Native Modernism: The Art of George Morrison and Allan Houser showcases magnificent paintings, drawings, and sculptures by two highly acclaimed artists. George Morrison (Grand Portage Band of Chippewa, 1919–2000) and Allan Houser (Warm Springs Chiricahua Apache, 1914–1994) shattered expectations for Native art and paved the way for successive generations to experiment with a wide array of styles and techniques. In this ground-breaking, beautifully illustrated book, distinguished Native American writers and scholars Truman T. Lowe (Ho-Chunk), Gerald Vizenor (Chippewa), N. Scott Momaday (Kiowa), and Gail Tremblay (Onondaga/Mi´qmaq) provide a fascinating exploration of the two men’s work in the context of contemporary art, Native American art history, and cultural identity.
Looking to the Future: The Life and Legacy of Senator Daniel K. Inouye honors one of history’s greatest advocates for Native people—Senator Daniel K. Inouye (1924–2012), former chairman and vice chairman of the US Senate Committee on Indian Affairs, and one of the visionary founders of the National Museum of the American Indian. A person deeply grounded in values, community, and family, Senator Inouye’s myriad accomplishments include, among others, legislation and support for strengthening Native sovereignty, treaties, governance, economic development, education, and health care. This volume is a compilation of edited presentations by the distinguished speakers who participated in the NMAI symposium, “Looking to the Future: The Life and Legacy of Senator Daniel K. Inouye,” held on May 15, 2014. This selective group of tribal leaders, political associates, culture keepers, education and health care specialists, and museum professionals reflect on Senator Inouye’s many contributions to the well-being of Native America and a future that builds upon the foundation of the senator's legacy for the benefit of future generations of Native people.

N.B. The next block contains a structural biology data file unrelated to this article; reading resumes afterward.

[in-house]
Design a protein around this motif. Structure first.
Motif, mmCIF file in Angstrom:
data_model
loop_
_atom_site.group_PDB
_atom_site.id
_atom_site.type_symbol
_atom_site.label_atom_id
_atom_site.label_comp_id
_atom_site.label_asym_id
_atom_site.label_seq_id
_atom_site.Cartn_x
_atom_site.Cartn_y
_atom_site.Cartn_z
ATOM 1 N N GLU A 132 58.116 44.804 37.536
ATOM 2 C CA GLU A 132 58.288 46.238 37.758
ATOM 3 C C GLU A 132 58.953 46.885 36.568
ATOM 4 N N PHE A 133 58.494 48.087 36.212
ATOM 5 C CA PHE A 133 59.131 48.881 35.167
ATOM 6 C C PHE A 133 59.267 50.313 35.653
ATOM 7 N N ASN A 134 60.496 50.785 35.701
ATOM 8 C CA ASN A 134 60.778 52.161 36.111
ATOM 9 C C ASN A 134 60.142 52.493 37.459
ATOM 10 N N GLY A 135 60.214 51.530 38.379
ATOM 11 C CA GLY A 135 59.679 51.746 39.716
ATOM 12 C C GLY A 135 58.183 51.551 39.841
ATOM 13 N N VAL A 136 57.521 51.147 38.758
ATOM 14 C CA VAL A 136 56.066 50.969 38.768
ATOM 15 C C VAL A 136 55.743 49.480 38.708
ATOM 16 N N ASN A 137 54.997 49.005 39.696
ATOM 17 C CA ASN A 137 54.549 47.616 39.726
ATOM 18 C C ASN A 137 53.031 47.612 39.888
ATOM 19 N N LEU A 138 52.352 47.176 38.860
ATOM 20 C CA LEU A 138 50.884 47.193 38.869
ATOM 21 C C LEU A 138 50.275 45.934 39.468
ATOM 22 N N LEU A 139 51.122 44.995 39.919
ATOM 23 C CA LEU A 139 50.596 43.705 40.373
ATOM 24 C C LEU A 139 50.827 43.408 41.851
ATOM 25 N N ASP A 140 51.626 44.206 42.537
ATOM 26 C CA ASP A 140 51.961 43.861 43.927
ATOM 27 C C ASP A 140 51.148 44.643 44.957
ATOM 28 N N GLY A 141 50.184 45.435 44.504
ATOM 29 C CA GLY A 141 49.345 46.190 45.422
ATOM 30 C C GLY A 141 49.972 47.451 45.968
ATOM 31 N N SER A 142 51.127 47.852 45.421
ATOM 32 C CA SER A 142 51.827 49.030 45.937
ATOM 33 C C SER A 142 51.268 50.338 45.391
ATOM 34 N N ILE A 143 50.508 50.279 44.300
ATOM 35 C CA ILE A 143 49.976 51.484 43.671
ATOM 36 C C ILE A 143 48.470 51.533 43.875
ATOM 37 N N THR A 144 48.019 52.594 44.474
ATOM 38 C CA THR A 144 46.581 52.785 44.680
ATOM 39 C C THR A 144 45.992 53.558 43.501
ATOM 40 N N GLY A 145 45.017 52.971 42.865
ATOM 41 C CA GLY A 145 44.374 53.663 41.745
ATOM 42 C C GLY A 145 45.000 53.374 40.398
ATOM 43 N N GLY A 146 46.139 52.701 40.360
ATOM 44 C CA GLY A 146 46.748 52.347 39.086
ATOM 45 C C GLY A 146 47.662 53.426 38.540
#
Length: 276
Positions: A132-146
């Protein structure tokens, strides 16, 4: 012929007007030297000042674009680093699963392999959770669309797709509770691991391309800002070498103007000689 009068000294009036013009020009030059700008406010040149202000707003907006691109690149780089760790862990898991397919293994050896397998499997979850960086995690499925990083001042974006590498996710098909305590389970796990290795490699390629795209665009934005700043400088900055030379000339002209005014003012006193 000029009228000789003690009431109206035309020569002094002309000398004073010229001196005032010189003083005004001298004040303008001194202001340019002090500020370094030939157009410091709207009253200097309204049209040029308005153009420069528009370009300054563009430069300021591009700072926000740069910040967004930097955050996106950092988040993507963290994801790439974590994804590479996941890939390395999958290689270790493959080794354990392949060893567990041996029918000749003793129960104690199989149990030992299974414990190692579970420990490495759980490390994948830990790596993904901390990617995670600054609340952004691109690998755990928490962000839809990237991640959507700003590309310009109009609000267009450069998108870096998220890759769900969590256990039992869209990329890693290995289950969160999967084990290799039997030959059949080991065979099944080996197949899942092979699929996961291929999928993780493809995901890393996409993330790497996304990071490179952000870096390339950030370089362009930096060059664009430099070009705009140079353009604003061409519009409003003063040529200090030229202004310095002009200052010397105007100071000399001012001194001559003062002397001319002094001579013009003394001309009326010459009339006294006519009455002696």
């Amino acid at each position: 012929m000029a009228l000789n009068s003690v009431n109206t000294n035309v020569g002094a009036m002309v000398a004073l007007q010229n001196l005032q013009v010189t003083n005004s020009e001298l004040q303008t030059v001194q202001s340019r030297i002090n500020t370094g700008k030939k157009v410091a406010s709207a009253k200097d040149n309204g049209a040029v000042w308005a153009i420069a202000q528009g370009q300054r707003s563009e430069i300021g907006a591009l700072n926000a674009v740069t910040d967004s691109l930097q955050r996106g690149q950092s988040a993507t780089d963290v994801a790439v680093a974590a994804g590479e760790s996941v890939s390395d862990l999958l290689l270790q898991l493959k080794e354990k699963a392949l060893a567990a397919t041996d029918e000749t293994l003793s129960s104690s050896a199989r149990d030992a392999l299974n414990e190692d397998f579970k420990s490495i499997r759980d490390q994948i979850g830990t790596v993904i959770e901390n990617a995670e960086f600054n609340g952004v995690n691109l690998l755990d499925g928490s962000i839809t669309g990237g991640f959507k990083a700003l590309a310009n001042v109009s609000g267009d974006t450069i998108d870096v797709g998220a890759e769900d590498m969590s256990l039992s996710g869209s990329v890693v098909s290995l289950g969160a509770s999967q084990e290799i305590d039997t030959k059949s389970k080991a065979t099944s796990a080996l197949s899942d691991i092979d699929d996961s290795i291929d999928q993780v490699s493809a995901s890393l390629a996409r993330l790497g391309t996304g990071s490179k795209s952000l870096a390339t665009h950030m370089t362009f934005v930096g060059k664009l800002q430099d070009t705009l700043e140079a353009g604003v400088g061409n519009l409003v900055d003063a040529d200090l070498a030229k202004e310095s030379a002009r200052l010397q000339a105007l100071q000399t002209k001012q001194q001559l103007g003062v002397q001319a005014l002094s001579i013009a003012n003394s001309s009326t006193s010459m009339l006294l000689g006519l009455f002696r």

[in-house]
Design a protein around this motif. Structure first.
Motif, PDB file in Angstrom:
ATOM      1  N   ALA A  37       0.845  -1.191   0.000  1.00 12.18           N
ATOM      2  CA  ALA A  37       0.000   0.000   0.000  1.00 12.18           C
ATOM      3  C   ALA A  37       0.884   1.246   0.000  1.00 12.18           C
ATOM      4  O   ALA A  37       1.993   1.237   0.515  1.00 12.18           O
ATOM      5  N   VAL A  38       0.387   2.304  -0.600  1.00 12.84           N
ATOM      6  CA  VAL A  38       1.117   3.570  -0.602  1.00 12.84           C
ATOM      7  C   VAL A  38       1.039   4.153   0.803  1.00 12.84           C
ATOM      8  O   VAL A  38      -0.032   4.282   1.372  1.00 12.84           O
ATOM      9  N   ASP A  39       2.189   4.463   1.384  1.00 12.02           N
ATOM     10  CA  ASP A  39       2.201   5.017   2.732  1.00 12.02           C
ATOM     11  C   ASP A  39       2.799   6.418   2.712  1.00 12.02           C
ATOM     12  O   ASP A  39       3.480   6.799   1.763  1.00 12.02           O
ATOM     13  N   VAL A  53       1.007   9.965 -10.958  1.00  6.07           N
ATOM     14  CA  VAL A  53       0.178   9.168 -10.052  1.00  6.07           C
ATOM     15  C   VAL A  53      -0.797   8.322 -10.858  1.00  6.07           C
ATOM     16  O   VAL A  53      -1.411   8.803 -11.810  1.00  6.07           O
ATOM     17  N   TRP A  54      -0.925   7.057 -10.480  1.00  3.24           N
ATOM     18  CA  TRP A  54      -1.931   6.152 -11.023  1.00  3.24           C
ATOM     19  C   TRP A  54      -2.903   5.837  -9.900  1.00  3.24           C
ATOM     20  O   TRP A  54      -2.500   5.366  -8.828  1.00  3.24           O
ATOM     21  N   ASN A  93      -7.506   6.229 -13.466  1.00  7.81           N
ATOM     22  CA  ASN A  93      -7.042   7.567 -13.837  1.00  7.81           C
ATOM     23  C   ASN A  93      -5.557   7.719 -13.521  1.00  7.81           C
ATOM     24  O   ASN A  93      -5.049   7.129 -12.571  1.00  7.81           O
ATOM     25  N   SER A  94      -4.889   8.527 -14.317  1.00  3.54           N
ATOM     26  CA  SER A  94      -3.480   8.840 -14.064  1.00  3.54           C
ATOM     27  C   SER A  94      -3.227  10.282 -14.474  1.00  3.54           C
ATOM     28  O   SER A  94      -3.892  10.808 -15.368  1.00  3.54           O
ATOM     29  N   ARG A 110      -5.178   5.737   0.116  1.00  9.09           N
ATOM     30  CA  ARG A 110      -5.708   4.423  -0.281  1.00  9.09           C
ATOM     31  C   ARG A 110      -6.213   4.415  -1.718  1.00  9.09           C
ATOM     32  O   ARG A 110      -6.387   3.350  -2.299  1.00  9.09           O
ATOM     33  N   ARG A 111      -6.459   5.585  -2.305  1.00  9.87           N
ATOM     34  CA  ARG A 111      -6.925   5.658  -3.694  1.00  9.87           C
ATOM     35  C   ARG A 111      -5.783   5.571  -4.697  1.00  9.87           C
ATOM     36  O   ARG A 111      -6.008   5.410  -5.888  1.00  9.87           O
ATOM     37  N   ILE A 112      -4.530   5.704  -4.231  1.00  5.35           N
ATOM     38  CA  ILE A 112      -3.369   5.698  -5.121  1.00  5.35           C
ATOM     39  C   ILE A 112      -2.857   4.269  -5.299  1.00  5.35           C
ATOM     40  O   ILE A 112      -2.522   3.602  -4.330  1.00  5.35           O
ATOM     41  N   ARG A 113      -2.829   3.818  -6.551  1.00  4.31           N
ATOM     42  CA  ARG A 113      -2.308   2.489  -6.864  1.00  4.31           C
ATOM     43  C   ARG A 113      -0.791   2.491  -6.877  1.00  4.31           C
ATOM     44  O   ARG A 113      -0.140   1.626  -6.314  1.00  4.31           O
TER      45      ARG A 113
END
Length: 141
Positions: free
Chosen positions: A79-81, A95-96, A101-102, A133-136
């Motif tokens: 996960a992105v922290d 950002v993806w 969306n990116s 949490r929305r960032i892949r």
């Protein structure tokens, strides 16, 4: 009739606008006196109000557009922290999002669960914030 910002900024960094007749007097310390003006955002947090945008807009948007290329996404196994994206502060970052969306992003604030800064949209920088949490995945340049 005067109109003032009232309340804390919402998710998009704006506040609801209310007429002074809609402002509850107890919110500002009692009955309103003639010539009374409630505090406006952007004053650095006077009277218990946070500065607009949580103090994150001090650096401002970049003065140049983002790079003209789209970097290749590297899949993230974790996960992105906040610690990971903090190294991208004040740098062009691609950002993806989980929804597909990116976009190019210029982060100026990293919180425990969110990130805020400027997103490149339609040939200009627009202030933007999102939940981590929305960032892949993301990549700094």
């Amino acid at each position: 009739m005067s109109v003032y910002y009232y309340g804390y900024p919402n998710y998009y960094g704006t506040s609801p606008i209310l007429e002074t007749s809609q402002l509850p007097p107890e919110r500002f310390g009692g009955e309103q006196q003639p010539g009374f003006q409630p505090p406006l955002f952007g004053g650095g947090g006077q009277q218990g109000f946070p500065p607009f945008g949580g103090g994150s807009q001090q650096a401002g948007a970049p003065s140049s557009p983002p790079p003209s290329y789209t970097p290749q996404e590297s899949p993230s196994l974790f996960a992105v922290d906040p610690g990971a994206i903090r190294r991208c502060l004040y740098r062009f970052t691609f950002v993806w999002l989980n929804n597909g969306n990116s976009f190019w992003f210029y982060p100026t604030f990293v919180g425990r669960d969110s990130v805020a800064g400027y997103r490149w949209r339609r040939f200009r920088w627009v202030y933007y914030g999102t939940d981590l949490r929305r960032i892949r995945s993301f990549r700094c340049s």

Best African American essays, 2010 (Book, 2010) …
Officially Indian explores the symbolic importance of American Indians in the visual language of U.S. democracy since before the country’s founding. In the first in-depth study of this extraordinary archive—including maps, monuments and architectural features, stamps, and currency—the author argues that these representations are not empty symbols but reflect how official and semi-official government institutions, from the U.S. Army and the Department of the Treasury to the patriotic fraternal society Sons of Liberty, have attempted to define what the country stands for. American Indian imagery—almost invariably distorted and bearing little relation to the reality of Native American–U.S. government relations—sheds light on the United States’ evolving sense of itself as a democratic nation. Such images as a Plains Indian buffalo hunter on the 1898 four-cent stamp and Sequoyah’s likeness etched into glass doors at the Library of Congress in 2013 reveal how deeply rooted American Indians are in U.S. national identity. While the meanings embedded in these artifacts can be paradoxical, counterintuitive, and contradictory to their eras’ prevailing attitudes toward actual American Indians, the imagery has been crucial to the ongoing national debate over what it means to be an American.